Nathan Gray: What I usually state for this question is that I think it all starts—and this is what I try to tell people, actually—all the aloof political ideals, this Noam Chomsky bullshit, and all the left wing rhetoric, what-not…it’s sort of self-righteous back-patting. For the most part, I think it gets a little boring and it gets a little old. I think that a lot of that stuff has to start from a more real level. The twenty-five cent words and bullshit sort of gets old after awhile and I think it actually has to start with how we relate to people in general. Like with people who consider themselves revolutionaries or leftists, whatever you want to call people, one of the biggest problems I see with the left and with revolutionaries and stuff like that is they’re so aloof and they’re so up their own asses with the twenty-five cent words and the Noam Chomsky books and looking down on people without ever realizing that they’re really doing it. I think it takes a lot of revolutionary need to shut the fuck up one second, have a beer, hang out and be a normal person! That’s why the right wins, you know? (laughs) 

Rough Edge: (laughs) Sad, isn’t it?

Nathan Gray: They’re very well-organized, they’re very down-to-earth, they give the illusion of the people’s people, like ‘We’re just regular, good ‘ol downtown boys,’ that type of bullshit and meanwhile, the left is like ‘We’re so much better! We live in Soho, blah blah blah…’ You know what I mean? That fucking Berkeley nonsense. Then there’s the fact that the left has been just ravaged with this p.c. nonsense that gets in the way every five seconds! Honestly, if you consider yourself a revolutionary, and you can’t sit in a bar with a bunch of working class dudes and the second you hear "nigger" or "faggot," you freak out and jump up and say ‘Fuck you!’ and leave, you’re not a real revolutionary, and you’re not going to make a difference in the world around you. You have to be able to be a little more thick-skinned and a little bit less of a pussy. I’m not saying those things are right to say; what I’m saying is that when you hear words like that, and when you hear people talk like that, if you get up and say ‘Fuck you, you racist, homophobic dickheads!’ and walk out, those people aren’t going to change. That’s just going to fuel what they believe! If you can sit there and have a conversation and sort of turn it around, even maybe turn it into a joke and just have fun with these people, after awhile, they might be like ‘Hey, this guy maybe has a point!’ That’s what revolution is based on, I feel. It’s how we treat people around us, and if we don’t treat everyone with respect—whether they deserve it or not—then we have no hope of creating change.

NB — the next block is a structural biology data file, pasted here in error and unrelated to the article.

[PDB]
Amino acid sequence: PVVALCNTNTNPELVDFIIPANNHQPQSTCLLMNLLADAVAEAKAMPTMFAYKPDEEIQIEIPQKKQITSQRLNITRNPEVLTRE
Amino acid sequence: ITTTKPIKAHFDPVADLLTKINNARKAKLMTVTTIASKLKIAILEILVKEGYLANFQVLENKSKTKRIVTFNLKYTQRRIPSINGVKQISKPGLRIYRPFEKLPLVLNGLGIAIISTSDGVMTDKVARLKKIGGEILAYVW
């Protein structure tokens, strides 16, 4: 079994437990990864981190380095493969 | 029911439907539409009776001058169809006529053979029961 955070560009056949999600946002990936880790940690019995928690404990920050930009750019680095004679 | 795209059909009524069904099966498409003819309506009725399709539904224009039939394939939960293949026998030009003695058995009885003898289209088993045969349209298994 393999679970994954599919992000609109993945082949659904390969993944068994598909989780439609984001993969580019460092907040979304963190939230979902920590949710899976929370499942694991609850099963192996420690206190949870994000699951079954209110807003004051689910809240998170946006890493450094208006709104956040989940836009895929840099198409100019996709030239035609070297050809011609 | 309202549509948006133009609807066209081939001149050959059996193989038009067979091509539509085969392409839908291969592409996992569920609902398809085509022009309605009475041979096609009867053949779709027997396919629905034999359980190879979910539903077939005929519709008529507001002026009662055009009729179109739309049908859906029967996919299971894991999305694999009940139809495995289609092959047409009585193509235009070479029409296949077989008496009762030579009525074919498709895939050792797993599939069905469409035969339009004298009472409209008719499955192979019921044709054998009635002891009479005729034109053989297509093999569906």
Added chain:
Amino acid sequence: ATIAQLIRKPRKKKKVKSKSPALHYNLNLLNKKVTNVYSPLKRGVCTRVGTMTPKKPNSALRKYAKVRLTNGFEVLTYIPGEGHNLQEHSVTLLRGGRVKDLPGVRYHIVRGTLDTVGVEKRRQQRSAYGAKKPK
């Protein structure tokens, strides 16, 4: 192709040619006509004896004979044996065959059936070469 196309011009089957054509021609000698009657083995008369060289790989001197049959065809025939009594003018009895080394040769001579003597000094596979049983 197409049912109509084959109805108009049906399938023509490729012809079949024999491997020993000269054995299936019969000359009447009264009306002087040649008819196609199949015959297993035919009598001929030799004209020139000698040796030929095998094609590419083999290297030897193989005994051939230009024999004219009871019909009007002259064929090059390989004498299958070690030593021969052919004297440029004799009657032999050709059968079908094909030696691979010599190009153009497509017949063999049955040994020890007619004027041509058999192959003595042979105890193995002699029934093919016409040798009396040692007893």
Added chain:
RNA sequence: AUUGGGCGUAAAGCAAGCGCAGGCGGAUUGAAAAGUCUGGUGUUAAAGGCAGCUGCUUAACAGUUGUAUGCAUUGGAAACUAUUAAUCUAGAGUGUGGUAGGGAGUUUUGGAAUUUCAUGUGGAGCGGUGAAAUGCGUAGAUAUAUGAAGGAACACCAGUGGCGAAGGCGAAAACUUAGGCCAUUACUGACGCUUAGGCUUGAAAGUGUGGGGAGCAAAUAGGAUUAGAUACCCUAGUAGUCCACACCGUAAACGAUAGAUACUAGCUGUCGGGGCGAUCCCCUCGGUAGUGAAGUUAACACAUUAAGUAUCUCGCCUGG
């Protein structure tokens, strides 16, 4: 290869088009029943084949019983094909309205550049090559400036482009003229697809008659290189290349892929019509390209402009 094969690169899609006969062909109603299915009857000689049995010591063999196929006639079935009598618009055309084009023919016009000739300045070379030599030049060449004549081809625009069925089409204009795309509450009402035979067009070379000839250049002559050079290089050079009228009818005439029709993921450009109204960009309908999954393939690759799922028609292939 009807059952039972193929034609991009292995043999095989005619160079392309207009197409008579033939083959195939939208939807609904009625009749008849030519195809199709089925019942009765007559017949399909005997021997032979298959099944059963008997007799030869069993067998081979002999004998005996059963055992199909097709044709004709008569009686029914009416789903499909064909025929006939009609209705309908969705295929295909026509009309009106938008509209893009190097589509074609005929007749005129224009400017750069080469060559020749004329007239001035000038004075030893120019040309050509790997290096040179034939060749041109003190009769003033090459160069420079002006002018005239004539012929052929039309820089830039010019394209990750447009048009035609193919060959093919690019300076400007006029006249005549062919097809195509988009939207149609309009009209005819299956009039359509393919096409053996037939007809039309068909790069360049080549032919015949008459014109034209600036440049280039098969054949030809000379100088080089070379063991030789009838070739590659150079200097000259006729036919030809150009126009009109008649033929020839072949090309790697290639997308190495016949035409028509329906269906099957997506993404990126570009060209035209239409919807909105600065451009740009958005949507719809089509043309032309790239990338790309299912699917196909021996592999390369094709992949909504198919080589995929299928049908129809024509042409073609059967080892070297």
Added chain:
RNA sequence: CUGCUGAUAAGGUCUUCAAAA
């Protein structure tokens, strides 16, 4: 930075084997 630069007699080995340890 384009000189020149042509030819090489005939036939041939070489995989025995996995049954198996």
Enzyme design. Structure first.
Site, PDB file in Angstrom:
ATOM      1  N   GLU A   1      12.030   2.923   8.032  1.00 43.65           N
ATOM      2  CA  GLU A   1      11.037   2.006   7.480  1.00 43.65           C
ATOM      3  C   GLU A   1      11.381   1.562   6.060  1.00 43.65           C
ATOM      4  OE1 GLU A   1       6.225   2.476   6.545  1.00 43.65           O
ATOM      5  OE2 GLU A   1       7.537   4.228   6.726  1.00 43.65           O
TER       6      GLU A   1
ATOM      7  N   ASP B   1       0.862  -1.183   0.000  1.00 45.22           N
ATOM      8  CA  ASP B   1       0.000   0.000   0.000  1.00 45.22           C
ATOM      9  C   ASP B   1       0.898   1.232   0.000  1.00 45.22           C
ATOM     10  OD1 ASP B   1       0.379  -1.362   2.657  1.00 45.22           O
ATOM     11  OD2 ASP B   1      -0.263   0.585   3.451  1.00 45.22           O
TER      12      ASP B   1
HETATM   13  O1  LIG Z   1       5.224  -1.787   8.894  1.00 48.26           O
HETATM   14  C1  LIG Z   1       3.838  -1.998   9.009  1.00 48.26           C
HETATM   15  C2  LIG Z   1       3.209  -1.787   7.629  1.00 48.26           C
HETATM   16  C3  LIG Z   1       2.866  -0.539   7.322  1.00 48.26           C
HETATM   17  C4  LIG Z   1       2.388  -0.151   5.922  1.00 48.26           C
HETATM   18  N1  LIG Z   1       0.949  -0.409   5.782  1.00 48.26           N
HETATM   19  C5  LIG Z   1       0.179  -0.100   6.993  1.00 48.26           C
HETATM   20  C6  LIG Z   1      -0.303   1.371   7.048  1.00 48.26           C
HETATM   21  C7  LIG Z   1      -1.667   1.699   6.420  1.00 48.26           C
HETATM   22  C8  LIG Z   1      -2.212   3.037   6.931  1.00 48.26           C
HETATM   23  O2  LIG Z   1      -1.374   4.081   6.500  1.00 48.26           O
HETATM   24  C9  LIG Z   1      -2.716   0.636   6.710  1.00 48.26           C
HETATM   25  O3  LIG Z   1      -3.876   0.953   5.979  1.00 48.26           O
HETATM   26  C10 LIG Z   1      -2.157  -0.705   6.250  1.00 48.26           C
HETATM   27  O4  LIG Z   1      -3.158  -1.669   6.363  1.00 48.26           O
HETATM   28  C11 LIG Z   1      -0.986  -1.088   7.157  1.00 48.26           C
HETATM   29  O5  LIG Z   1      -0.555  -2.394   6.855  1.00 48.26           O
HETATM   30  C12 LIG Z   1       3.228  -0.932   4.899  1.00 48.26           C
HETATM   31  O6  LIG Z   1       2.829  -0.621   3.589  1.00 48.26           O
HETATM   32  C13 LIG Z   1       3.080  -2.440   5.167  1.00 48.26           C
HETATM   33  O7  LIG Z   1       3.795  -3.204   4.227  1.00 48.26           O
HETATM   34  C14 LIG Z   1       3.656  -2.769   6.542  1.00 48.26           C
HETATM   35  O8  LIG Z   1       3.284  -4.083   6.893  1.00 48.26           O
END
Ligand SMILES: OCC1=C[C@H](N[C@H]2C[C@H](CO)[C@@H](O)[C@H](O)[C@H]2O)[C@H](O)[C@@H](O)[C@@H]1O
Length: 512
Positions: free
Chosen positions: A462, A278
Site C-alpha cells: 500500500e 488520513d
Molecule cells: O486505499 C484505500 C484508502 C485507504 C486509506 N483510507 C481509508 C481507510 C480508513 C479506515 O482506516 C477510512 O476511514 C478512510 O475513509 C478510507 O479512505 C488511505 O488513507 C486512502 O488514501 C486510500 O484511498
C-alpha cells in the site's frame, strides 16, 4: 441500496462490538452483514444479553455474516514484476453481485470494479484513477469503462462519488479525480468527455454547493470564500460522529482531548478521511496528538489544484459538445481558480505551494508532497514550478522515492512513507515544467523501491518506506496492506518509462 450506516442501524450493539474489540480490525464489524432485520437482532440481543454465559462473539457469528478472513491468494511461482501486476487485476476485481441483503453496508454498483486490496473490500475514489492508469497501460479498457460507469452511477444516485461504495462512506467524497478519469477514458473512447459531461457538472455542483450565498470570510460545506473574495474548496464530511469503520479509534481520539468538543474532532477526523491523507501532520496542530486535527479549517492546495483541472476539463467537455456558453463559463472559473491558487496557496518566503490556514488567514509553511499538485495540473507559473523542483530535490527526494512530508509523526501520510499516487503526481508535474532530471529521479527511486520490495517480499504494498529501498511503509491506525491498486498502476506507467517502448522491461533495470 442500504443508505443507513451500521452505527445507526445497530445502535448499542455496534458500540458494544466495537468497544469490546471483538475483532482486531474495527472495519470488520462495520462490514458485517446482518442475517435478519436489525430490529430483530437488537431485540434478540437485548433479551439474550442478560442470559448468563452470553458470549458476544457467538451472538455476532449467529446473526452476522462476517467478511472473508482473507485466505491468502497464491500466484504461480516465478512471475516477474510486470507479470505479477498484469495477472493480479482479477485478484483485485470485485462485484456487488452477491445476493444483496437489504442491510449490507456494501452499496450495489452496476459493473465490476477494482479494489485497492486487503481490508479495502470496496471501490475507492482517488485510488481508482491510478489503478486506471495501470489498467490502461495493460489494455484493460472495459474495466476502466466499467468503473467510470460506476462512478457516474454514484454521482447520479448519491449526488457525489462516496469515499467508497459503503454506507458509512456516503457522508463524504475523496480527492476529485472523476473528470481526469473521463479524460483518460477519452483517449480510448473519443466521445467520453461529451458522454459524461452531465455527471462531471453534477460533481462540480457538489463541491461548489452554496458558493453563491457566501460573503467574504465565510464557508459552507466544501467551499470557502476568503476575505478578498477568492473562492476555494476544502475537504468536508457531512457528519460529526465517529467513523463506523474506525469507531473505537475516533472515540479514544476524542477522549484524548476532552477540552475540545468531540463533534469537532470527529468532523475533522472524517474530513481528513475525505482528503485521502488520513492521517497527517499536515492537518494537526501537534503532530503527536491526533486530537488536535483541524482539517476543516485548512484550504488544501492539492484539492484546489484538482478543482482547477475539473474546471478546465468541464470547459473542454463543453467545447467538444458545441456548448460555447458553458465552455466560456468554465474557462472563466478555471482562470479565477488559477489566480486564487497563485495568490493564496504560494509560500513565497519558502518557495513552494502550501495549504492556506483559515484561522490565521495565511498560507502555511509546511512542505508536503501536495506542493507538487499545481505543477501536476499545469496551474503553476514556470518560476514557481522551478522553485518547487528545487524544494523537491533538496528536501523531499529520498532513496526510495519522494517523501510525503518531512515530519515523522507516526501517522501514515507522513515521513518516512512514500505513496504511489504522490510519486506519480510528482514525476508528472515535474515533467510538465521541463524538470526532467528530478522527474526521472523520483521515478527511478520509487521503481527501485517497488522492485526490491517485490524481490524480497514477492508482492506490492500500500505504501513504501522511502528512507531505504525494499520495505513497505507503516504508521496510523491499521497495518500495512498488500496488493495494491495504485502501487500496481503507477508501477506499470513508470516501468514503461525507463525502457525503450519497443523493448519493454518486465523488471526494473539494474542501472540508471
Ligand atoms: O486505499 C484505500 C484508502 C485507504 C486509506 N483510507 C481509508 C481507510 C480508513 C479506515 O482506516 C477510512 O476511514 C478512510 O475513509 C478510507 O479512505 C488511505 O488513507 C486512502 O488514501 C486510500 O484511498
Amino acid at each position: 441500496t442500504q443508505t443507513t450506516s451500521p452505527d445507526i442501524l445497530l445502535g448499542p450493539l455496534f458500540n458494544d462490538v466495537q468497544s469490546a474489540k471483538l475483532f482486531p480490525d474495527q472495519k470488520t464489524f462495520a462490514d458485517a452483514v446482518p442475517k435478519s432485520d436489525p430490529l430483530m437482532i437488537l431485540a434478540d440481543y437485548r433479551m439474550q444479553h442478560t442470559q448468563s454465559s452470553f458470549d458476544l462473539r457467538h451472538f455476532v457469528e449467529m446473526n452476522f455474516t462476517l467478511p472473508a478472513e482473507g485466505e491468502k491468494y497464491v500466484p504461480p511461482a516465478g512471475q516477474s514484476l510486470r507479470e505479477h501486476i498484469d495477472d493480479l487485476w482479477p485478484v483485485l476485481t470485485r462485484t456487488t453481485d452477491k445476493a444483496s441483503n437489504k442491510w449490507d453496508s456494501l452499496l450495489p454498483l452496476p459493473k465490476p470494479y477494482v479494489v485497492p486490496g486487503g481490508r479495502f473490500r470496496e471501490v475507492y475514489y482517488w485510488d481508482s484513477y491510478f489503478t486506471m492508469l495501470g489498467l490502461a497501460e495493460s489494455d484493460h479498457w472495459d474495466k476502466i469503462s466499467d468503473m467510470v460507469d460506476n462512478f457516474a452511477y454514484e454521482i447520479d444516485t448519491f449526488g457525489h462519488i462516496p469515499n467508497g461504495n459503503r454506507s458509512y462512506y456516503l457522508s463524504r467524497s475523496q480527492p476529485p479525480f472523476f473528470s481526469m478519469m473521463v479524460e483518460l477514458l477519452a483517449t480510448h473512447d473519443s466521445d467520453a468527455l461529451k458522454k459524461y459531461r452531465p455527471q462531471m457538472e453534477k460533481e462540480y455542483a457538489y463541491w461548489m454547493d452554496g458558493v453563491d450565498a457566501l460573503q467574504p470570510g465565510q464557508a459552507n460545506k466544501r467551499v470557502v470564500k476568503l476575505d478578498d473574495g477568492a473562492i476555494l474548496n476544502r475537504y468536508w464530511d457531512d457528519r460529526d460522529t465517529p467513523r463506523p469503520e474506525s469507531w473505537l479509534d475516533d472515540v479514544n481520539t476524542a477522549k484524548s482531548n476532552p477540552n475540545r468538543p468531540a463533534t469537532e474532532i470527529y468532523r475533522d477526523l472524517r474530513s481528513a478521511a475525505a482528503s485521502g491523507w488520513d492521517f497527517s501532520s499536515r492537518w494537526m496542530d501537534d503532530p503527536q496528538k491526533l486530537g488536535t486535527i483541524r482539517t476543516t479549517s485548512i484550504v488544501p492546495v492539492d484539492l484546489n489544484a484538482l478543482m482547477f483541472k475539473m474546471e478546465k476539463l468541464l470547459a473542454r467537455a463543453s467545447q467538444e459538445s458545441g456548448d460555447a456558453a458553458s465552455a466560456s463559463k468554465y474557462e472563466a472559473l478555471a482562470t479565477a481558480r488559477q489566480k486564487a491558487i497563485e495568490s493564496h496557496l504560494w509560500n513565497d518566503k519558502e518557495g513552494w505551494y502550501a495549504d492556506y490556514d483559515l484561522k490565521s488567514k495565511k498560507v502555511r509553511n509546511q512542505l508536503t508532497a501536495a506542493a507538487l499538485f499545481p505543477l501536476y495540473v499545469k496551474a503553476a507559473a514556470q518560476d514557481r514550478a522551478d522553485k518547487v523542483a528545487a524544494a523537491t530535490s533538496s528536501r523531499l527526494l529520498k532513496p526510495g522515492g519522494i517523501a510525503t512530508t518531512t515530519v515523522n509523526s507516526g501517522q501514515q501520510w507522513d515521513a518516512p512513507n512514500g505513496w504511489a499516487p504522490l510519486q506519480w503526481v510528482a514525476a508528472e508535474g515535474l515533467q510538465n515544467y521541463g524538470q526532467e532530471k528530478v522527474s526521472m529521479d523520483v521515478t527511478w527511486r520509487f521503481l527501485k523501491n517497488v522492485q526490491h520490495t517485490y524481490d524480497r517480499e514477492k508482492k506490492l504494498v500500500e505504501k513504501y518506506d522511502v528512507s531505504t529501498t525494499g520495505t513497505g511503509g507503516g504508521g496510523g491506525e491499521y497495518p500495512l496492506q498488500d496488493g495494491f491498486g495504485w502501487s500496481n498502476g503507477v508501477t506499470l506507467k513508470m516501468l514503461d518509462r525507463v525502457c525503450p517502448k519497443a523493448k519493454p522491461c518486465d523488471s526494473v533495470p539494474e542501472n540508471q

Rough Edge: In a way, that leads us into the song “Nostalgic for Guillotines.” I’m wondering if, on our present course, if we’re not one day setting ourselves up for another French Revolution of sorts…

Nathan Gray: It’s gotten to that point where people don’t even realize how government should work. With that song, I read about these time periods where the government was afraid to step out-of-line. They were fucking terrified! They tried their best, like ‘Okay, we’ve got to be cool, got to be cool…they’ll kill us if we’re not cool!’ (laughs) Now it’s the other way around. Now the populace is like ‘Okay, we’ve got to stay in line, got to stay in line, because you never know what they can do to you!’ You know what I mean? It shouldn’t be that way! (laughs) It should be the other way around! 

Rough Edge: That ties into the theme of freedom that runs throughout "The Misery Index." I think one’s definition of freedom depends on the individual’s personality, ranging from nihilism to pacifism to the attitudes in-between. What do you think defines constitutional freedom as relates to what you’ve just said?

Rough Edge: As far as I’m concerned, the government as we have it—and I don’t care if we’re talking Bush or the Clinton era, it’s a lot the same to me with the exception of a couple of environmental rules… The reason I say that is the Patriot Act we have now, Clinton tried to pass after the Oklahoma bombing. It’s been in effect for awhile, whether it’s Democrat or Republican. The point being, the system as we have it now does not work. Capitalism is the problem in a lot of ways, shapes and forms. I say that, not as saying that communism works, socialism works, whatever; I say that in the realm of it’s the only economic system that doesn’t work from the get-go. That, I don’t understand, arguing with people about it. Look at it! There’s no way for it to work! Like honestly work, equally and fairly for everyone. It’s the only system that doesn’t work! It’s the only one where someone has to be the CEO and someone has to be the fry cook. There are other systems that sure, fucked up miserably. There are plenty of situations where communism and socialism messed up miserably but not because the economic system itself was at fault! It is because the people who were in power were assholes! (laughs) So it’s just weird trying to argue that point, and as far as personal freedom is involved, I think that people have to, number one, realize there’s a problem, which is very hard for some people, because if they’re comfortable—and I fall into the same thing a lot; I’m comfortable and I’ve got my entertainment—a lot of times it’s hard to see the bullshit going on. I think it’s definitely within people’s rights and freedoms to, once they do realize it, to take it back and to make something of it.